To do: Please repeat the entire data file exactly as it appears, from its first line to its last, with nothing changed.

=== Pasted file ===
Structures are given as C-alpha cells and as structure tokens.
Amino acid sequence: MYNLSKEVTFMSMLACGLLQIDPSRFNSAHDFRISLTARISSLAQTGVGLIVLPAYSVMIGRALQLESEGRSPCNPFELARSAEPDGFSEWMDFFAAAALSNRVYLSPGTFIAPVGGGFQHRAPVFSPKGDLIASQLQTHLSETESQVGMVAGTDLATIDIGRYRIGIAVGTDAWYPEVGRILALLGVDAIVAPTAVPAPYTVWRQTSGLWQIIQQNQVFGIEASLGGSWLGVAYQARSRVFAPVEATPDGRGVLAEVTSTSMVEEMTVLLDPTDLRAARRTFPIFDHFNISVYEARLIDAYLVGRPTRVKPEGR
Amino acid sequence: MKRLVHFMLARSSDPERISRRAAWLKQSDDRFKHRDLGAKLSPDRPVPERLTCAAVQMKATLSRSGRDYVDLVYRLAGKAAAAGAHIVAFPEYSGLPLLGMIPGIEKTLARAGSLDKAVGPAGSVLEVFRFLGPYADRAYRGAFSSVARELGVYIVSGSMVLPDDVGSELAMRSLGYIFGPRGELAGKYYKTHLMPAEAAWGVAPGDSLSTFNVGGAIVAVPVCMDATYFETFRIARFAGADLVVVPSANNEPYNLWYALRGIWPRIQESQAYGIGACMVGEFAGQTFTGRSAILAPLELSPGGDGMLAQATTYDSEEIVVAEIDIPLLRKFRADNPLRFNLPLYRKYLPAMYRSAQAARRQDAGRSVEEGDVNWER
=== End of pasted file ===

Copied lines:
Structures are given as C-alpha cells and as structure tokens.
Amino acid sequence: MYNLSKEVTFMSMLACGLLQIDPSRFNSAHDFRISLTARISSLAQTGVGLIVLPAYSVMIGRALQLESEGRSPCNPFELARSAEPDGFSEWMDFFAAAALSNRVYLSPGTFIAPVGGGFQHRAPVFSPKGDLIASQLQTHLSETESQVGMVAGTDLATIDIGRYRIGIAVGTDAWYPEVGRILALLGVDAIVAPTAVPAPYTVWRQTSGLWQIIQQNQVFGIEASLGGSWLGVAYQARSRVFAPVEATPDGRGVLAEVTSTSMVEEMTVLLDPTDLRAARRTFPIFDHFNISVYEARLIDAYLVGRPTRVKPEGR
Amino acid sequence: MKRLVHFMLARSSDPERISRRAAWLKQSDDRFKHRDLGAKLSPDRPVPERLTCAAVQMKATLSRSGRDYVDLVYRLAGKAAAAGAHIVAFPEYSGLPLLGMIPGIEKTLARAGSLDKAVGPAGSVLEVFRFLGPYADRAYRGAFSSVARELGVYIVSGSMVLPDDVGSELAMRSLGYIFGPRGELAGKYYKTHLMPAEAAWGVAPGDSLSTFNVGGAIVAVPVCMDATYFETFRIARFAGADLVVVPSANNEPYNLWYALRGIWPRIQESQAYGIGACMVGEFAGQTFTGRSAILAPLELSPGGDGMLAQATTYDSEEIVVAEIDIPLLRKFRADNPLRFNLPLYRKYLPAMYRSAQAARRQDAGRSVEEGDVNWER